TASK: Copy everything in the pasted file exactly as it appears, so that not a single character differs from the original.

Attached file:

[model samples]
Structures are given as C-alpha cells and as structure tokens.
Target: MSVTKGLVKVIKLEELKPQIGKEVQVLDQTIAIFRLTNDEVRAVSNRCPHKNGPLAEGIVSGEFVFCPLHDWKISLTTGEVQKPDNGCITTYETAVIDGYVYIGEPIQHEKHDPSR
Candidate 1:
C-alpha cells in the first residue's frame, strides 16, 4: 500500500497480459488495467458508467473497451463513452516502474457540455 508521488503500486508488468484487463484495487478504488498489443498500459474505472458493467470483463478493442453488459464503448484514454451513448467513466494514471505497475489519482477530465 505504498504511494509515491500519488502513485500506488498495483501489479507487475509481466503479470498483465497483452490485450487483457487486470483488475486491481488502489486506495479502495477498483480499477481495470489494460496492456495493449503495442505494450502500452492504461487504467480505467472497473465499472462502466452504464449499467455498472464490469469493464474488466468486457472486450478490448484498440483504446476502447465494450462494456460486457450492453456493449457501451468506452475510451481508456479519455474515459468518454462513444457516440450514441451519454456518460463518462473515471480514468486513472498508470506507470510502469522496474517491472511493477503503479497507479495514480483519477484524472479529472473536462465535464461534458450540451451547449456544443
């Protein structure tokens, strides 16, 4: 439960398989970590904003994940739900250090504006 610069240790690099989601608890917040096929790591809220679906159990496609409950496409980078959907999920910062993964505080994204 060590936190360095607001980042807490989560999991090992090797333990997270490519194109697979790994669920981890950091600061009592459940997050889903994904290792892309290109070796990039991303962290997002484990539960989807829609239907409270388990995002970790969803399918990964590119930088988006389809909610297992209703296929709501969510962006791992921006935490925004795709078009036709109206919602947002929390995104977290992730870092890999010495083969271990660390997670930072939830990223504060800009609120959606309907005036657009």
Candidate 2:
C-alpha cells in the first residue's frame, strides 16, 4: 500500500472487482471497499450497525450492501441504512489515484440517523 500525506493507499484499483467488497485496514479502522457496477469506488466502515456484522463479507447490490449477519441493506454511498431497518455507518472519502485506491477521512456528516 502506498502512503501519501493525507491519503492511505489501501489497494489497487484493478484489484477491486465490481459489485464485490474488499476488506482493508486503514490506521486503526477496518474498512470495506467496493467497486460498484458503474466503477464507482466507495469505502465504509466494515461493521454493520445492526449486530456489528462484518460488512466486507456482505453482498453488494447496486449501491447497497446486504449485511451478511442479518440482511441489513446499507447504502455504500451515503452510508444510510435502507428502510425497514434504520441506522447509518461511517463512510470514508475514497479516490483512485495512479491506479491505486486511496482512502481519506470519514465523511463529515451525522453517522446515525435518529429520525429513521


[model samples]
Structures are given as C-alpha cells and as structure tokens.
Target: MSVTKGLVKVIKLEELKPQIGKEVQVLDQTIAIFRLTNDEVRAVSNRCPHKNGPLAEGIVSGEFVFCPLHDWKISLTTGEVQKPDNGCITTYETAVIDGYVYIGEPIQHEKHDPSR
Candidate 1:
C-alpha cells in the first residue's frame, strides 16, 4: 500500500497480459488495467458508467473497451463513452516502474457540455 508521488503500486508488468484487463484495487478504488498489443498500459474505472458493467470483463478493442453488459464503448484514454451513448467513466494514471505497475489519482477530465 505504498504511494509515491500519488502513485500506488498495483501489479507487475509481466503479470498483465497483452490485450487483457487486470483488475486491481488502489486506495479502495477498483480499477481495470489494460496492456495493449503495442505494450502500452492504461487504467480505467472497473465499472462502466452504464449499467455498472464490469469493464474488466468486457472486450478490448484498440483504446476502447465494450462494456460486457450492453456493449457501451468506452475510451481508456479519455474515459468518454462513444457516440450514441451519454456518460463518462473515471480514468486513472498508470506507470510502469522496474517491472511493477503503479497507479495514480483519477484524472479529472473536462465535464461534458450540451451547449456544443
């Protein structure tokens, strides 16, 4: 439960398989970590904003994940739900250090504006 610069240790690099989601608890917040096929790591809220679906159990496609409950496409980078959907999920910062993964505080994204 060590936190360095607001980042807490989560999991090992090797333990997270490519194109697979790994669920981890950091600061009592459940997050889903994904290792892309290109070796990039991303962290997002484990539960989807829609239907409270388990995002970790969803399918990964590119930088988006389809909610297992209703296929709501969510962006791992921006935490925004795709078009036709109206919602947002929390995104977290992730870092890999010495083969271990660390997670930072939830990223504060800009609120959606309907005036657009």
Candidate 2:
C-alpha cells in the first residue's frame, strides 16, 4: 500500500472487482471497499450497525450492501441504512489515484440517523 500525506493507499484499483467488497485496514479502522457496477469506488466502515456484522463479507447490490449477519441493506454511498431497518455507518472519502485506491477521512456528516 502506498502512503501519501493525507491519503492511505489501501489497494489497487484493478484489484477491486465490481459489485464485490474488499476488506482493508486503514490506521486503526477496518474498512470495506467496493467497486460498484458503474466503477464507482466507495469505502465504509466494515461493521454493520445492526449486530456489528462484518460488512466486507456482505453482498453488494447496486449501491447497497446486504449485511451478511442479518440482511441489513446499507447504502455504500451515503452510508444510510435502507428502510425497514434504520441506522447509518461511517463512510470514508475514497479516490483512485495512479491506479491505486486511496482512502481519506470519514465523511463529515451525522453517522446515525435518529429520525429513521